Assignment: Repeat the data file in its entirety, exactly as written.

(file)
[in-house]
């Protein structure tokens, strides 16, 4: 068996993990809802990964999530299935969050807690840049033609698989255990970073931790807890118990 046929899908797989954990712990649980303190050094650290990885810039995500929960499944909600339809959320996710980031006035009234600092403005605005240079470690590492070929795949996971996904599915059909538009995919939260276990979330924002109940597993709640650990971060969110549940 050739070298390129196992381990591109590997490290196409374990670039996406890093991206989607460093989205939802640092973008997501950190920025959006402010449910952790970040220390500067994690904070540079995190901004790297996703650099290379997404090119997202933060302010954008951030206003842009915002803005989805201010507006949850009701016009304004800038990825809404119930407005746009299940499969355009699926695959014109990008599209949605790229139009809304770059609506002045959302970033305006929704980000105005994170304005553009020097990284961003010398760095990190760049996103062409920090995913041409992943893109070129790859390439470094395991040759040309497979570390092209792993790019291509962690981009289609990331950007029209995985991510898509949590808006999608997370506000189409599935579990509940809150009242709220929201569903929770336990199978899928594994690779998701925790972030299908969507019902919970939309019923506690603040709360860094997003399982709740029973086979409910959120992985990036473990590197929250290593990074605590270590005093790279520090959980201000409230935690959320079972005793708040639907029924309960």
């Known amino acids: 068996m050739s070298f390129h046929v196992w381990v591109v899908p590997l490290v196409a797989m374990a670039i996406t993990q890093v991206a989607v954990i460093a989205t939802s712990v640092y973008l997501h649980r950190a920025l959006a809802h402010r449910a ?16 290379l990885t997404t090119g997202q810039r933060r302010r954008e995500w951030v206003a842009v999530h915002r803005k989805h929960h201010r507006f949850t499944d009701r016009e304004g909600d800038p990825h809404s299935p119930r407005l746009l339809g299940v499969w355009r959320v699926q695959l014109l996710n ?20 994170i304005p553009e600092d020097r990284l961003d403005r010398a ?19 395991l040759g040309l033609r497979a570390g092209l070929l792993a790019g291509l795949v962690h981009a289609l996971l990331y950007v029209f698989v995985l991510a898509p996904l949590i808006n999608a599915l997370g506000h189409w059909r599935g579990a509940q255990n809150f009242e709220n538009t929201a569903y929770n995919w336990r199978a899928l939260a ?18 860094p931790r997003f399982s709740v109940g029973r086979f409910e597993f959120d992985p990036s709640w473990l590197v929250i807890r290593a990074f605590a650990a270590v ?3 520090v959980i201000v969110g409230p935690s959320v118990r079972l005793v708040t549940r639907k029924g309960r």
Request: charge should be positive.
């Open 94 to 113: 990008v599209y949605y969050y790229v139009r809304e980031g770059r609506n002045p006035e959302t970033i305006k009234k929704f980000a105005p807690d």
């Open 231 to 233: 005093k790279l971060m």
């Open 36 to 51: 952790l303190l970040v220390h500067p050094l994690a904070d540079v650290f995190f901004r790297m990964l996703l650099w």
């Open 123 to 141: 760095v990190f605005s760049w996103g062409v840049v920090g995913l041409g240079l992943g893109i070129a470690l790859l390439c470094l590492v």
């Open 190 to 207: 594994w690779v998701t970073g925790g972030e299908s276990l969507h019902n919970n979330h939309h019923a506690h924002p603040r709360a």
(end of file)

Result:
[in-house]
């Protein structure tokens, strides 16, 4: 068996993990809802990964999530299935969050807690840049033609698989255990970073931790807890118990 046929899908797989954990712990649980303190050094650290990885810039995500929960499944909600339809959320996710980031006035009234600092403005605005240079470690590492070929795949996971996904599915059909538009995919939260276990979330924002109940597993709640650990971060969110549940 050739070298390129196992381990591109590997490290196409374990670039996406890093991206989607460093989205939802640092973008997501950190920025959006402010449910952790970040220390500067994690904070540079995190901004790297996703650099290379997404090119997202933060302010954008951030206003842009915002803005989805201010507006949850009701016009304004800038990825809404119930407005746009299940499969355009699926695959014109990008599209949605790229139009809304770059609506002045959302970033305006929704980000105005994170304005553009020097990284961003010398760095990190760049996103062409920090995913041409992943893109070129790859390439470094395991040759040309497979570390092209792993790019291509962690981009289609990331950007029209995985991510898509949590808006999608997370506000189409599935579990509940809150009242709220929201569903929770336990199978899928594994690779998701925790972030299908969507019902919970939309019923506690603040709360860094997003399982709740029973086979409910959120992985990036473990590197929250290593990074605590270590005093790279520090959980201000409230935690959320079972005793708040639907029924309960």
């Known amino acids: 068996m050739s070298f390129h046929v196992w381990v591109v899908p590997l490290v196409a797989m374990a670039i996406t993990q890093v991206a989607v954990i460093a989205t939802s712990v640092y973008l997501h649980r950190a920025l959006a809802h402010r449910a ?16 290379l990885t997404t090119g997202q810039r933060r302010r954008e995500w951030v206003a842009v999530h915002r803005k989805h929960h201010r507006f949850t499944d009701r016009e304004g909600d800038p990825h809404s299935p119930r407005l746009l339809g299940v499969w355009r959320v699926q695959l014109l996710n ?20 994170i304005p553009e600092d020097r990284l961003d403005r010398a ?19 395991l040759g040309l033609r497979a570390g092209l070929l792993a790019g291509l795949v962690h981009a289609l996971l990331y950007v029209f698989v995985l991510a898509p996904l949590i808006n999608a599915l997370g506000h189409w059909r599935g579990a509940q255990n809150f009242e709220n538009t929201a569903y929770n995919w336990r199978a899928l939260a ?18 860094p931790r997003f399982s709740v109940g029973r086979f409910e597993f959120d992985p990036s709640w473990l590197v929250i807890r290593a990074f605590a650990a270590v ?3 520090v959980i201000v969110g409230p935690s959320v118990r079972l005793v708040t549940r639907k029924g309960r």
Request: charge should be positive.
């Open 94 to 113: 990008v599209y949605y969050y790229v139009r809304e980031g770059r609506n002045p006035e959302t970033i305006k009234k929704f980000a105005p807690d």
């Open 231 to 233: 005093k790279l971060m």
């Open 36 to 51: 952790l303190l970040v220390h500067p050094l994690a904070d540079v650290f995190f901004r790297m990964l996703l650099w």
């Open 123 to 141: 760095v990190f605005s760049w996103g062409v840049v920090g995913l041409g240079l992943g893109i070129a470690l790859l390439c470094l590492v």
């Open 190 to 207: 594994w690779v998701t970073g925790g972030e299908s276990l969507h019902n919970n979330h939309h019923a506690h924002p603040r709360a």